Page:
I love this icon because it says that we know that John once had an unsevered head. We know that he lost it for the sake of the Gospel. We know that there is a resurrection. We believe that God will heal our infirmities (including decapitations)in that resurrection. The iconographer interpreted that in the resurrection a healed John will carry his severed head as a sign of his unique role in God's eikonomia, much as the resurrected Lord carried in his hands, feet, and side the marks of his unique role in God's eikonomia.

This is where my question goes for any icon. What is the writer depicting (here we need an appropriate title) and on what part(s) of our Tradition is he or she basing it.

In Christ.

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Dear Andrew:

Once again I have noted that your question is in quotes. The wording is a little unusual. Is this from another source? I'm glad you explained further. I thought that was the basis of your question.

In my opinion, all icons must depict Scripture. You may ask how do icons of the saints depict Scripture, the Word? The answer is that they depict the internal transformation of the saint, the internalization of the Word by that saint.

In feastday icons, many Scriptural sources from both the OT and NT are typically depicted.

Let's take for example the icon of the Annunciation. Mary is typically depicted with cloth across her lap. This is reminiscent of the cloth of Ruth. The buildings in the background serve as a reminder of the enclosed garden in the Song of Songs. The depiction also demonstrates the predictions of Isaiah. The chair/throne she sits upon is often round, more reminiscent of a well, like the famous Samaritan woman story who found the living water and would never thirst. It goes on and on.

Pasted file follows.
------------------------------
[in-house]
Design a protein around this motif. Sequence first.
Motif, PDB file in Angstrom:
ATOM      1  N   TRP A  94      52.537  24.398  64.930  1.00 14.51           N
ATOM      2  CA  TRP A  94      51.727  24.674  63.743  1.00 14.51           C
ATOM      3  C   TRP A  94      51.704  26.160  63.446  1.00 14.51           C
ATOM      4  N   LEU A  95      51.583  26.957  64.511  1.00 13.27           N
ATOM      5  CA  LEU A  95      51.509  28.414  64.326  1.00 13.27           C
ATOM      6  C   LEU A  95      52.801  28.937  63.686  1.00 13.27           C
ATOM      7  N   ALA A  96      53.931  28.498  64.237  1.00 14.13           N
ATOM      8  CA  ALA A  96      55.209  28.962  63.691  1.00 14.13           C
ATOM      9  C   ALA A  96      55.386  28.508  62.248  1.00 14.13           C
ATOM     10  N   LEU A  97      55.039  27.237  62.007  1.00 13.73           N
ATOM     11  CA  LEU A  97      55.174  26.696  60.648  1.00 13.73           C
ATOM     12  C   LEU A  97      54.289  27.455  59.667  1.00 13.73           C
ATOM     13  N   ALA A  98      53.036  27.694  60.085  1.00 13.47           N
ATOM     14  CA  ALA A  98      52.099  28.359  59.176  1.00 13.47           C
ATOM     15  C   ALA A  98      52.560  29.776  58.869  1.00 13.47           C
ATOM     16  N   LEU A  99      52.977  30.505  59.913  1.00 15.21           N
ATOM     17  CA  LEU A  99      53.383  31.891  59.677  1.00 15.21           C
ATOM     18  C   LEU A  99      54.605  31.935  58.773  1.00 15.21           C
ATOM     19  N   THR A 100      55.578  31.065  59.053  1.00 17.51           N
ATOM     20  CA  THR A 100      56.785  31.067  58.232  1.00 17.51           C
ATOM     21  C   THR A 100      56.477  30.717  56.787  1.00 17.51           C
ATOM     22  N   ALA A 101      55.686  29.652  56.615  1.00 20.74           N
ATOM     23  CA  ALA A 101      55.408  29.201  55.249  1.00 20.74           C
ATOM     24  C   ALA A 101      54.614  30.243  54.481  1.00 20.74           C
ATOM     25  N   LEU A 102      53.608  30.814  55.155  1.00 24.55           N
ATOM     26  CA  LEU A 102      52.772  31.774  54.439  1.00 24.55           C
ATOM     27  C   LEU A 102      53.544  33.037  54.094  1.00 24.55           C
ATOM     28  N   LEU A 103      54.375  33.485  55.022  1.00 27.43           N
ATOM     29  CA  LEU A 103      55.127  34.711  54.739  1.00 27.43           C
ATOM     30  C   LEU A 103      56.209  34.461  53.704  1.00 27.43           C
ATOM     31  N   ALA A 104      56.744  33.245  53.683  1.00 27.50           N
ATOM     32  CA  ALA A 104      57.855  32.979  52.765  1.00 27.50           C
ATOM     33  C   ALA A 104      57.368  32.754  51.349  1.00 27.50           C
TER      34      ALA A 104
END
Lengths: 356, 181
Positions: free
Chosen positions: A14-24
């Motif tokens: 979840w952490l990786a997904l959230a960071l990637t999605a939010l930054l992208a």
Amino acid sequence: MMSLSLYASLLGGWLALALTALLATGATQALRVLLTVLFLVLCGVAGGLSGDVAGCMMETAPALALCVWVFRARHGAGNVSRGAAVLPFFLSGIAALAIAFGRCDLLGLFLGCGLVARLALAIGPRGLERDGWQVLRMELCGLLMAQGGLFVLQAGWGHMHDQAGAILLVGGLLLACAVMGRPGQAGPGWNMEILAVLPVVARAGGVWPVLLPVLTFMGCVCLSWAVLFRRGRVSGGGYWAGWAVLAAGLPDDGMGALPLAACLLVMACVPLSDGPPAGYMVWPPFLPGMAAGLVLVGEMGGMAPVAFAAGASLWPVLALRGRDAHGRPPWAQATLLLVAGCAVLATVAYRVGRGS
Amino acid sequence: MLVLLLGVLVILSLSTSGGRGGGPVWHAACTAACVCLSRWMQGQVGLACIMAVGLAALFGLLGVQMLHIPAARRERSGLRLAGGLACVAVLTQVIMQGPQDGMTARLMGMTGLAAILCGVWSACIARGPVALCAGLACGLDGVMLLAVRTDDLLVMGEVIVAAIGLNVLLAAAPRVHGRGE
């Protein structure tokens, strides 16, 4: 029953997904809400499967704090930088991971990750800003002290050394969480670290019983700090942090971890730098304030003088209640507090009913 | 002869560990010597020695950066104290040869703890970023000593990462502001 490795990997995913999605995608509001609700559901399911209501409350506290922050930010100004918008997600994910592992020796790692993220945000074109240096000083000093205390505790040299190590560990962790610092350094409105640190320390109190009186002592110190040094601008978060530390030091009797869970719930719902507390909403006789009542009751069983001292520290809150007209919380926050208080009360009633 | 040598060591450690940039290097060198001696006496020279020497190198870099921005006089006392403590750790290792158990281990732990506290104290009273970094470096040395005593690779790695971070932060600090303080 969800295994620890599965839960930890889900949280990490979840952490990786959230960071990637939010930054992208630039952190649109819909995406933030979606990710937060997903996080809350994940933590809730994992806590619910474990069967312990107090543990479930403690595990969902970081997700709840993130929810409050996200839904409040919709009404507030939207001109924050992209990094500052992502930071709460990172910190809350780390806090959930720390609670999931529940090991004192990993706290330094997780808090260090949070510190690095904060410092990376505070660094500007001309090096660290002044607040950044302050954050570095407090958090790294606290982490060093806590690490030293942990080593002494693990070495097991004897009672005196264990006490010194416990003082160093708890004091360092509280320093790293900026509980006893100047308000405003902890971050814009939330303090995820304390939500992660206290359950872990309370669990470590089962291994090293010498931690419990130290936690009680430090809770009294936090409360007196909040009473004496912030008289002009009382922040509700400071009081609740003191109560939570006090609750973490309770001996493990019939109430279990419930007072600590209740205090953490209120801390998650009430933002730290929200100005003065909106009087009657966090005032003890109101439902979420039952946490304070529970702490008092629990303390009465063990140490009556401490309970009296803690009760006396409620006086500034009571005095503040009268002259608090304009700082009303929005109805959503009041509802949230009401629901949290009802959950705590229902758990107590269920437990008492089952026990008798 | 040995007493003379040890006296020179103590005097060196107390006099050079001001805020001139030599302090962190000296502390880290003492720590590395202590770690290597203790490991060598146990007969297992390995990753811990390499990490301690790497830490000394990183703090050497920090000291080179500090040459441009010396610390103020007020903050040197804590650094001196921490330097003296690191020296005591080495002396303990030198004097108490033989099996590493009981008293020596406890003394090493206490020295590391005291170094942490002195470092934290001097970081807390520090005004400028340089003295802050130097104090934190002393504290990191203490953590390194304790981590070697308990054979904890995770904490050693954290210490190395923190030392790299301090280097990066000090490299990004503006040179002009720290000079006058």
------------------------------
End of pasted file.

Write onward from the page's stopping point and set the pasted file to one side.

You brought up the Virgin icons and the Baptizer. In the Perpetual Help icon, recall that one of the child's sandals is unfastened. John was unworthy to loosen this, his mother was not. (Timely little tidbit for the Epiphany festal period).

You mentioned the Baptizer icons which frequently depict multiple events from his life. You must recall that icons do not depict "facts", they depict the truth. The truth is not bounded by time and space. That is why such overlapping imagery is commonplace in iconography.

So, this is the answer to your question. An icon is a picture of the truth. Most art in the Western sense fails to achieve this for it is meant to depict a fact, an emotion, an event, or a human reality.

John

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Dear John,

I'm simply quoting my own question [quoting myself].

I had wanted to raise the issue of writing an icon of "love," "sadness," or some other emotion. My initial reaction would be that such would be inappropriate. From your post, I would then say that we need to look and see from scripture for manifestations of "love" or "sadness," etc. and depict these manifestations.

So for "love" we depict the Lord alone since "God is love.". For "sadness" perhaps the Crucifixtion with His mother looking on.

Am I on the right track?

But regarding things/events non-scriptural such as the arrival of Orthodox missionaries in North America, would we need to depict this through or somehow employing the Lord's commission in Matthew to "teach all nations, baptizing in the name of the Father....."?

You offer a simple one word answer (an icon is the truth). I will be holding it up to see how that works.

In Christ.